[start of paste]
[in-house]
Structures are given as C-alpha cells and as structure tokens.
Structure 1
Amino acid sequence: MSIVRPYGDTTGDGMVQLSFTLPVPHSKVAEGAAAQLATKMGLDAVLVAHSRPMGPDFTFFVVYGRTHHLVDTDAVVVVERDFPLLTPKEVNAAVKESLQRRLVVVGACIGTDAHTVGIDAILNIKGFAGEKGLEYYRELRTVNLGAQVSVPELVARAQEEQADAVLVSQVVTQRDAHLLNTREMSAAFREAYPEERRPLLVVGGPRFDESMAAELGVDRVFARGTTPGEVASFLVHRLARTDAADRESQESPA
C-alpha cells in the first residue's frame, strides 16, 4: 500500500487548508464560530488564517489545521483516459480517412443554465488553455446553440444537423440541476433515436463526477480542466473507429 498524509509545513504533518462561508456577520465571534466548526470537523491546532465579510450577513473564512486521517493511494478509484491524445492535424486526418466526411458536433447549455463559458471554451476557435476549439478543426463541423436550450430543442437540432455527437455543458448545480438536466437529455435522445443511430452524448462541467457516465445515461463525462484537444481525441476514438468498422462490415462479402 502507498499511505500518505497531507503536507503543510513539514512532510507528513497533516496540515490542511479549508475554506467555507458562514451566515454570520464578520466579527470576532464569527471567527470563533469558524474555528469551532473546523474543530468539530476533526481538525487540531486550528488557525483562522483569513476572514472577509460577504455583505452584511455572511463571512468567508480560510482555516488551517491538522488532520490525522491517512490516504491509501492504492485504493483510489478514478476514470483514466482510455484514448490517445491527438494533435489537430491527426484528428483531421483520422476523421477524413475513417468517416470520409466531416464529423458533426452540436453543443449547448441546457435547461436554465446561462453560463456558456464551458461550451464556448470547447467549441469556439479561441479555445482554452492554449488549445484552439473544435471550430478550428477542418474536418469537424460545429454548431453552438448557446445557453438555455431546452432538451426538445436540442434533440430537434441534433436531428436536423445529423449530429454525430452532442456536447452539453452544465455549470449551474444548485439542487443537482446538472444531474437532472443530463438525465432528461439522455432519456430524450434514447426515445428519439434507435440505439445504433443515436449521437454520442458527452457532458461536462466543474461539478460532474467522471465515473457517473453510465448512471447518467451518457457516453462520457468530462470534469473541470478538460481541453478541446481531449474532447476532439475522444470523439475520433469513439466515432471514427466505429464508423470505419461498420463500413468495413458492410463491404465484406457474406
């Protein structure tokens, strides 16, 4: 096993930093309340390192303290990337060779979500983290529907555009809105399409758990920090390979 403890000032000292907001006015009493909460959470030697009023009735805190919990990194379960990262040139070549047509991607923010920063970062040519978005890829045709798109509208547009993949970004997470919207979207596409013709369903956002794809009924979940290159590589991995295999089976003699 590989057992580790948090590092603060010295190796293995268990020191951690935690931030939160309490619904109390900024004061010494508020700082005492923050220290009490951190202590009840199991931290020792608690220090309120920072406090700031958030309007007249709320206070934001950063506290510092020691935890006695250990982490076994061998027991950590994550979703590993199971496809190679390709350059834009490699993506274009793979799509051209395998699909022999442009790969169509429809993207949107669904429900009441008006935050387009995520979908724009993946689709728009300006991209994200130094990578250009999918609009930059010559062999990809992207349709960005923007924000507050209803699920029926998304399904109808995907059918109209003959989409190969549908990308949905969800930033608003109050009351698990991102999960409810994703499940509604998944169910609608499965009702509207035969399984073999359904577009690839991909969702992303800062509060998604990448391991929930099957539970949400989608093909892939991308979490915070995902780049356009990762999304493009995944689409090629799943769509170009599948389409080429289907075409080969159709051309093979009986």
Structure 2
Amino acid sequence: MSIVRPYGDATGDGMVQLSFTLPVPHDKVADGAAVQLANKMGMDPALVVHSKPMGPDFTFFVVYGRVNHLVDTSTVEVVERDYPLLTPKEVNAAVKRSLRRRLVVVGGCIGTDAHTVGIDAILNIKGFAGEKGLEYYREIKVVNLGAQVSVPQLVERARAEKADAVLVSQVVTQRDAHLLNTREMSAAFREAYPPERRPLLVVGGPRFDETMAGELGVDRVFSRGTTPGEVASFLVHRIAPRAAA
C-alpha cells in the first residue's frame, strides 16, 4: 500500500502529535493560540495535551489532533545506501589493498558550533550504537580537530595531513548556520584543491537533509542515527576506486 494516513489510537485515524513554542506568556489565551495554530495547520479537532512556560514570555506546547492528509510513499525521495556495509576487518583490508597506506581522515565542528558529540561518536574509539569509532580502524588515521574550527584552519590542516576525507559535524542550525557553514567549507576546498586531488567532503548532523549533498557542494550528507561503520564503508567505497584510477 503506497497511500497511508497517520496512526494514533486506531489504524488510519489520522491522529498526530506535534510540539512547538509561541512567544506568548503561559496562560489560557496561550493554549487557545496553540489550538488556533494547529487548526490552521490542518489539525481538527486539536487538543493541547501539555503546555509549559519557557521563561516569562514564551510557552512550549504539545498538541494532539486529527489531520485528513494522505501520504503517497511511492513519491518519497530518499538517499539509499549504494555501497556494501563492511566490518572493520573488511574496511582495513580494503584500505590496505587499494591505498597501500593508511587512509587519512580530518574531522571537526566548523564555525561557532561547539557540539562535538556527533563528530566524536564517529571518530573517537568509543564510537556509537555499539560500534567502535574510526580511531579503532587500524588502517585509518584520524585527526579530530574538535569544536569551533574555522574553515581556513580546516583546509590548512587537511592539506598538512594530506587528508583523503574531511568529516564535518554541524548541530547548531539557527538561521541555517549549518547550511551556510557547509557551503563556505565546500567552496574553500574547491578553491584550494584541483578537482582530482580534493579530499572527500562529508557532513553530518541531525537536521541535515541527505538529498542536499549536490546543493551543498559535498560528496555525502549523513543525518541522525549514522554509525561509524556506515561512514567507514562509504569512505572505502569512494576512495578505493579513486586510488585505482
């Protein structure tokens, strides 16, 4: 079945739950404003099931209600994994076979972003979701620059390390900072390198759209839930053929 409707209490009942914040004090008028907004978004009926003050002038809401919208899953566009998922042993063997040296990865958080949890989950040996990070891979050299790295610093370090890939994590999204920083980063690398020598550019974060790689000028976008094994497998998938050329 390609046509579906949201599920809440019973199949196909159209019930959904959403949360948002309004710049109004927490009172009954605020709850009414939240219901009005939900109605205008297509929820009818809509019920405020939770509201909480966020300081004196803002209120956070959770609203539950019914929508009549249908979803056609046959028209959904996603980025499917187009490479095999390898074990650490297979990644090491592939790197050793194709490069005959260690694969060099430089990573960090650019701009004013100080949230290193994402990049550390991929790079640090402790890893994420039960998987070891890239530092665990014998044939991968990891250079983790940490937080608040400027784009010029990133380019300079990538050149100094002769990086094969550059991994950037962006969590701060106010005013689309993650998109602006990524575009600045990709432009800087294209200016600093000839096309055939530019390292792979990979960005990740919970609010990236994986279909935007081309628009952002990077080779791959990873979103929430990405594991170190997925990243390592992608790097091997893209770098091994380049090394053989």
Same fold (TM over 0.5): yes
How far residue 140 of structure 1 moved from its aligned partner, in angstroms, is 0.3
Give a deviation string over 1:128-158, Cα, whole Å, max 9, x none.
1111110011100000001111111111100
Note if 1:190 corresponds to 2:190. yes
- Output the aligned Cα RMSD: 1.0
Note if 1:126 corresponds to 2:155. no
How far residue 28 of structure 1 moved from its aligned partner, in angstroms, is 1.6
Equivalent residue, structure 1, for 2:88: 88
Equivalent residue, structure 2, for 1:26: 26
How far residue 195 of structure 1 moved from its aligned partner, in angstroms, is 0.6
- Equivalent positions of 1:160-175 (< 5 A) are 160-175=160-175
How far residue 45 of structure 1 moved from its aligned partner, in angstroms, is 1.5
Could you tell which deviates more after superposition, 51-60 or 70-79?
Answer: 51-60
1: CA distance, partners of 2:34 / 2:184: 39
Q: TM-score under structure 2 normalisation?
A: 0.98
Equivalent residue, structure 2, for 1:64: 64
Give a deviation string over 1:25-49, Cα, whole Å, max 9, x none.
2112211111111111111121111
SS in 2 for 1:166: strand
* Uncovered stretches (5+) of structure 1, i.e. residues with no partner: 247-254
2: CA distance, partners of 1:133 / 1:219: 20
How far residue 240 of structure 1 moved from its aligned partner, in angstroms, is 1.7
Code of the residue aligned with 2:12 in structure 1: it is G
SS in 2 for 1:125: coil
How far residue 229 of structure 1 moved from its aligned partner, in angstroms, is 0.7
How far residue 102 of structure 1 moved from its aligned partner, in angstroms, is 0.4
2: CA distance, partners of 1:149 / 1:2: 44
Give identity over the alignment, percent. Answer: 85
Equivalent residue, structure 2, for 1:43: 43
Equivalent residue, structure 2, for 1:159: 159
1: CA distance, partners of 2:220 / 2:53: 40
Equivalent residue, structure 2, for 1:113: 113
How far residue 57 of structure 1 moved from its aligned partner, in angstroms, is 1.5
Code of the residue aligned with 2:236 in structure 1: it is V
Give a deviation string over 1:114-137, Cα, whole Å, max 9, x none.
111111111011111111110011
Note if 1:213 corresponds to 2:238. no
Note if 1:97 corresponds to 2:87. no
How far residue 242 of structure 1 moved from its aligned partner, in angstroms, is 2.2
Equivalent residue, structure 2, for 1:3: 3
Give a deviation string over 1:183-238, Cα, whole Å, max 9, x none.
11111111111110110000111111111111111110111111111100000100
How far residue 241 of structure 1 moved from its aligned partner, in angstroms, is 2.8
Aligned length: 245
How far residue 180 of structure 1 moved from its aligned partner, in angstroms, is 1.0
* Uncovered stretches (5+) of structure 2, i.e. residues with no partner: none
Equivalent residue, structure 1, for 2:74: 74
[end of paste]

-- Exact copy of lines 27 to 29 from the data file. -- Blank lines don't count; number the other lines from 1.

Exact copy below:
Q: TM-score under structure 2 normalisation?
A: 0.98
Equivalent residue, structure 2, for 1:64: 64